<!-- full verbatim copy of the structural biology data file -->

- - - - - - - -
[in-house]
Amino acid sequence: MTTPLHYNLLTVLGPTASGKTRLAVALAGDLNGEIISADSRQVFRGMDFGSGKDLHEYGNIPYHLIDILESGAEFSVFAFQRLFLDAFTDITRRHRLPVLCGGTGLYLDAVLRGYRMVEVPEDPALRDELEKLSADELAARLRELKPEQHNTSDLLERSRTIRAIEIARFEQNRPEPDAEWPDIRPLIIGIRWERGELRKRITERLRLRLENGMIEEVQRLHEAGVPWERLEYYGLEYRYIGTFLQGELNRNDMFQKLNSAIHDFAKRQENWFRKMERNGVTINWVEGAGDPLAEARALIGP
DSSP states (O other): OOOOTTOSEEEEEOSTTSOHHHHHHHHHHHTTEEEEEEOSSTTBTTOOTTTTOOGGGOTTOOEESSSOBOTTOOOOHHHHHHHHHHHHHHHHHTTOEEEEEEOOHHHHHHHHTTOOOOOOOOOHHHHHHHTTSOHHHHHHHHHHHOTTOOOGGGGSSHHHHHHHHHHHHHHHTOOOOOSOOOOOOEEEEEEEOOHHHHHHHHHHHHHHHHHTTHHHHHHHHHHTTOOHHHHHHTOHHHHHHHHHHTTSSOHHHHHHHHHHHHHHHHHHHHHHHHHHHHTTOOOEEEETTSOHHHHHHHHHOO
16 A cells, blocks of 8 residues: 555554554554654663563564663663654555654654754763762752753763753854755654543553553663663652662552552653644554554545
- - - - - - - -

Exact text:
[in-house]
Amino acid sequence: MTTPLHYNLLTVLGPTASGKTRLAVALAGDLNGEIISADSRQVFRGMDFGSGKDLHEYGNIPYHLIDILESGAEFSVFAFQRLFLDAFTDITRRHRLPVLCGGTGLYLDAVLRGYRMVEVPEDPALRDELEKLSADELAARLRELKPEQHNTSDLLERSRTIRAIEIARFEQNRPEPDAEWPDIRPLIIGIRWERGELRKRITERLRLRLENGMIEEVQRLHEAGVPWERLEYYGLEYRYIGTFLQGELNRNDMFQKLNSAIHDFAKRQENWFRKMERNGVTINWVEGAGDPLAEARALIGP
DSSP states (O other): OOOOTTOSEEEEEOSTTSOHHHHHHHHHHHTTEEEEEEOSSTTBTTOOTTTTOOGGGOTTOOEESSSOBOTTOOOOHHHHHHHHHHHHHHHHHTTOEEEEEEOOHHHHHHHHTTOOOOOOOOOHHHHHHHTTSOHHHHHHHHHHHOTTOOOGGGGSSHHHHHHHHHHHHHHHTOOOOOSOOOOOOEEEEEEEOOHHHHHHHHHHHHHHHHHTTHHHHHHHHHHTTOOHHHHHHTOHHHHHHHHHHTTSSOHHHHHHHHHHHHHHHHHHHHHHHHHHHHTTOOOEEEETTSOHHHHHHHHHOO
16 A cells, blocks of 8 residues: 555554554554654663563564663663654555654654754763762752753763753854755654543553553663663652662552552653644554554545